The best part of "Logan" is the ending, because unlike every other superhero movie, it actually has an ending.
Superhero movies have really become gigantic, effects-driven 160-minute episodes in a never-ending big screen television series. Usually an installment spends half its time recapping the previous episode and setting up its own action, then the other half laying the groundwork for the next episode, with a big battle that leads to open-ended questions and a tease after the credits. That's not the case at all with "Logan," which has been billed all along as Hugh Jackman's final ride as Wolverine, and delivers on that promise.
There have been eight X-Men movies, and Jackman has appeared either as the star or at least a strong cameo in all of them. But "Logan" zooms ahead to 2029, disconnecting itself from the action of all the previous X-films. And instead of giving us a long prologue and lots of explanation, director James Mangold just drops the audience into the depressing world that Wolverine now inhabits.
Instead of the X-Mansion, Wolvie is living in a dilapidated house on the side of the road, just south of the Mexican border. Instead of flying sweet jets, he's driving an SUV limo. All his friends are dead, leaving him with just an ailing Professor X (Patrick Stewart) and a weirdo mutant named Caliban (Stephen Merchant) who can't go outside during the day. And the immortal mutant himself is now dying, due to the chemistry of the adamantium claws that made him such a threat for so many years. He's still relatively ripped, but now it looks like Jackman has at least cut down on the protein shakes. (Good for him, that Wolverine look was unsustainable!)
All-in-all, life is pretty damn depressing, even for Wolverine. But there is a glimmer of hope, even if he doesn't want to recognize it as such: A young girl named Laura, who is soon revealed to be a badass mutant. That's a big deal, because it was believed that no new mutant had been born in 25 years.
Laura is one of several young mutants who got their powers as the result of some secret, illicit experiments. The guy who ran the lab, Dr. Rice (Richard Grant) is desperately trying to round them up, with the help of Pierce (Boyd Holbrook), who has his own cyborg arm and special powers. He's got a weird charm, one of those old western bad guys, but he's clearly an asshole -- the dude is aiming to kill lots of kids. In fact, that's a weird undercurrent to the whole movie. Sure, it's fun, but child murder is at play here.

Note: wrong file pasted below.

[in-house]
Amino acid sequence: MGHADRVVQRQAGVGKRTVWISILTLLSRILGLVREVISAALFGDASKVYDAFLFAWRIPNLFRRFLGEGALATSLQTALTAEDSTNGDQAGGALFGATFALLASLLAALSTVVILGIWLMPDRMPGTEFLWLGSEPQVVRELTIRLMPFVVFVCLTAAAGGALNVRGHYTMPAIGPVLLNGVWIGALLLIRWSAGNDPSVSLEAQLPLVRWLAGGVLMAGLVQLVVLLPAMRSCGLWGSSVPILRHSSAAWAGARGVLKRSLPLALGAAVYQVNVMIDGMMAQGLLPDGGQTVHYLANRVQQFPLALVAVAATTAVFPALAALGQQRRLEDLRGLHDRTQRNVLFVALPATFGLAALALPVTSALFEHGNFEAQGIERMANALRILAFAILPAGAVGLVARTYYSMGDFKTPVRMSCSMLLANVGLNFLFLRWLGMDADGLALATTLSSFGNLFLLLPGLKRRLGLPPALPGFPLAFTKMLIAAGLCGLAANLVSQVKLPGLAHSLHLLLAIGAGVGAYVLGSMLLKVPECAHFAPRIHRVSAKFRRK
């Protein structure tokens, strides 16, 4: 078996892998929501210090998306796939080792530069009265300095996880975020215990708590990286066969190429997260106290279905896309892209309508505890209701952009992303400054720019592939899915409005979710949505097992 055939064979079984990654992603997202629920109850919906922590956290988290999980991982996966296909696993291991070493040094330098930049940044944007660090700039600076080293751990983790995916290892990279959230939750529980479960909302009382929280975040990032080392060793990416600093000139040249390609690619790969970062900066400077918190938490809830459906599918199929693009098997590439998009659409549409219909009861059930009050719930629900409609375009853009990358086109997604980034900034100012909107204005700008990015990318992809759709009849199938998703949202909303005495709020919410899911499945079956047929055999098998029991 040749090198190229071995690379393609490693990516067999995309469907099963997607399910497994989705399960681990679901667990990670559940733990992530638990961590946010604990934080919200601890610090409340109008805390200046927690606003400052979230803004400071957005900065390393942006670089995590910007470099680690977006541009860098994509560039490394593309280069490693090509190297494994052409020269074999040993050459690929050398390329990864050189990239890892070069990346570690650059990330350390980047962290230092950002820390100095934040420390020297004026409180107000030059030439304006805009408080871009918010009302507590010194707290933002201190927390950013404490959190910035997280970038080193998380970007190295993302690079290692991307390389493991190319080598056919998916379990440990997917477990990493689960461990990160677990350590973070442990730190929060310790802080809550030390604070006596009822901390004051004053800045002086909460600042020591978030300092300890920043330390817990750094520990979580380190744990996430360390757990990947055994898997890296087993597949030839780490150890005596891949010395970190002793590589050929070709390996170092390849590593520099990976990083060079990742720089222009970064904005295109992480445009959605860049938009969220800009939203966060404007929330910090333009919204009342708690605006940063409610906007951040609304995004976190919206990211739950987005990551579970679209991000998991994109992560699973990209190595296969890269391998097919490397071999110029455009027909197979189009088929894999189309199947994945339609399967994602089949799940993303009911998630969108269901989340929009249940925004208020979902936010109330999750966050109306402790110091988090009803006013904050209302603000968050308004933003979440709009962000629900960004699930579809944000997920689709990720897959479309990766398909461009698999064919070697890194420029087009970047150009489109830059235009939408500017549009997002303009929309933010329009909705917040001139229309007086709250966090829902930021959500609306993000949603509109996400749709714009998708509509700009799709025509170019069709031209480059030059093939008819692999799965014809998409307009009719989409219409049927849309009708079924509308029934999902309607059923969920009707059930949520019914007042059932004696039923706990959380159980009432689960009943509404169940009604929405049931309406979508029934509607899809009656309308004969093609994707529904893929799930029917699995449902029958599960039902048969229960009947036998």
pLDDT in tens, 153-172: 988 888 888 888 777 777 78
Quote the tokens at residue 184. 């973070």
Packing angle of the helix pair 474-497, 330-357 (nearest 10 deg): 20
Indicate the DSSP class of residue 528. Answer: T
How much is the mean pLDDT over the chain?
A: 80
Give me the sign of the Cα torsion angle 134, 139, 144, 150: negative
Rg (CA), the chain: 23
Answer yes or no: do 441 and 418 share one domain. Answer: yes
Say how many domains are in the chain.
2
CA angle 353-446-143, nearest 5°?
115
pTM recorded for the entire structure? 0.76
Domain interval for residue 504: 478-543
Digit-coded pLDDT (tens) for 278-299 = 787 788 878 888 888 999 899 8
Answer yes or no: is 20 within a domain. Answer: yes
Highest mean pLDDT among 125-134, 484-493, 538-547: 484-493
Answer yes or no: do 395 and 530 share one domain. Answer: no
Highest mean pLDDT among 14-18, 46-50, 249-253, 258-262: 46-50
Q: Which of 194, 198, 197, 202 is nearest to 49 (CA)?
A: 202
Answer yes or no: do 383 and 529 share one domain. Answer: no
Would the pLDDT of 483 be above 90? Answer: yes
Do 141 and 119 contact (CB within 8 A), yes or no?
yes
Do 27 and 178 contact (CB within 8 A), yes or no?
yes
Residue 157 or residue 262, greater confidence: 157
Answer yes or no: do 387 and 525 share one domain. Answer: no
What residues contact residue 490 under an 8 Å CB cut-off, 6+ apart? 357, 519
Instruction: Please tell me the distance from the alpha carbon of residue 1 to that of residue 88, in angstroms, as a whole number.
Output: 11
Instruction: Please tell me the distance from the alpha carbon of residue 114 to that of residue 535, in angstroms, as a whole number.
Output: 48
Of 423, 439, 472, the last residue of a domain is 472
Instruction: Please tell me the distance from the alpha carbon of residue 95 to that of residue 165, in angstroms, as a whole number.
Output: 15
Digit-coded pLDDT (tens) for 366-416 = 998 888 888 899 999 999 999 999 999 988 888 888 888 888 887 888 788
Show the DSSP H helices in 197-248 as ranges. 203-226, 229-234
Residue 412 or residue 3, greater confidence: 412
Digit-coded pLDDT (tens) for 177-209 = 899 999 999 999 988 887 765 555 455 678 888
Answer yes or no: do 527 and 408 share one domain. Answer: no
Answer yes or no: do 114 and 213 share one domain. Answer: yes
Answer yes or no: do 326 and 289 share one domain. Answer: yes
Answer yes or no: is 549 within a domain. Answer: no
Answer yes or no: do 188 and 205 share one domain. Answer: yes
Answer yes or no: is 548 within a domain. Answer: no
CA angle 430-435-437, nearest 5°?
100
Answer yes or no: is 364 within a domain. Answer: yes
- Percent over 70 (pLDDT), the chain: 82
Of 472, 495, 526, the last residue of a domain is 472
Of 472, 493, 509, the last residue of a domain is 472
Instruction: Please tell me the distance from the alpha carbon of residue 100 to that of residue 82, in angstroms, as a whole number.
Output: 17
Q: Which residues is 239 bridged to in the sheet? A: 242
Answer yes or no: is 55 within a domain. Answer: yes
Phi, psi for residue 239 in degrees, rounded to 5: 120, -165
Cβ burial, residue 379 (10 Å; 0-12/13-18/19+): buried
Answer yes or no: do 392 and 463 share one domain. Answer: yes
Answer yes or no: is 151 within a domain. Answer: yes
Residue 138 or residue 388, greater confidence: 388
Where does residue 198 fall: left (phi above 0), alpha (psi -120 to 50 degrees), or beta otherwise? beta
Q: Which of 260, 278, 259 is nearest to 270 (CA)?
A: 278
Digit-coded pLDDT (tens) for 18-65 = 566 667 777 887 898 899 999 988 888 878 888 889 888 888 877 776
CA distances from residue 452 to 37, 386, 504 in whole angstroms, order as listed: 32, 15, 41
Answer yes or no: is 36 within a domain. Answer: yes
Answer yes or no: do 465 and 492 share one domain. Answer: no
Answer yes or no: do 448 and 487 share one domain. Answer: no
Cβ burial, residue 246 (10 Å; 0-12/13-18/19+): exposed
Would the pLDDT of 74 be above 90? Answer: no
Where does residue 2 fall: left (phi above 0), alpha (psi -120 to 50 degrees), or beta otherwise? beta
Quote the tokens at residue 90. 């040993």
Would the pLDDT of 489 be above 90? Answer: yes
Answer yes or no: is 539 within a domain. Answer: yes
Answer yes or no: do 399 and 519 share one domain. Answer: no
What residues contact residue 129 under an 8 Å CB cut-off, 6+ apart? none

Logan is forced to help Laura escape, leading to a road adventure with Professor X that is surprisingly funny and touching. It checks off all the boxes of the reluctant father-daughter adventure, while still maintaining the grit and sadness of a modern neo-western. Remember, all of Logan's friends are dead, he lives in a shitty house in Mexico, he's constantly coughing and wheezing, and lots of kids are being targeted for murder. Plus, he just spent a bunch of years driving asshole teenagers to prom in his limo, which might be the worst part of it all.
There's lots of good action, so comic book fans won't be disappointed. In fact, it's more brutal than probably any other comic book movie, and that includes the faux-grit stuff put out by Zach Snyder, of "Batman V Superman" fame.
We won't spoil the end, but as we've said, the great news is that it has a definitive third act. There are some big battles, good jokes, and tough losses that will make fans of the X-Men franchise genuinely sad -- but in a good way. As we await yet more Marvel Cinematic Universe movies, which will only beget more clues as to the next Marvel Cinematic Universe outing, it's nice to be sucked into a single story that has a beginning, middle, and end. "Logan" is a little bit long, at over two hours, but after eight movies, Jackman has earned the right to take his victory lap.
See 'Logan' sneak peek from this year's Super Bowl: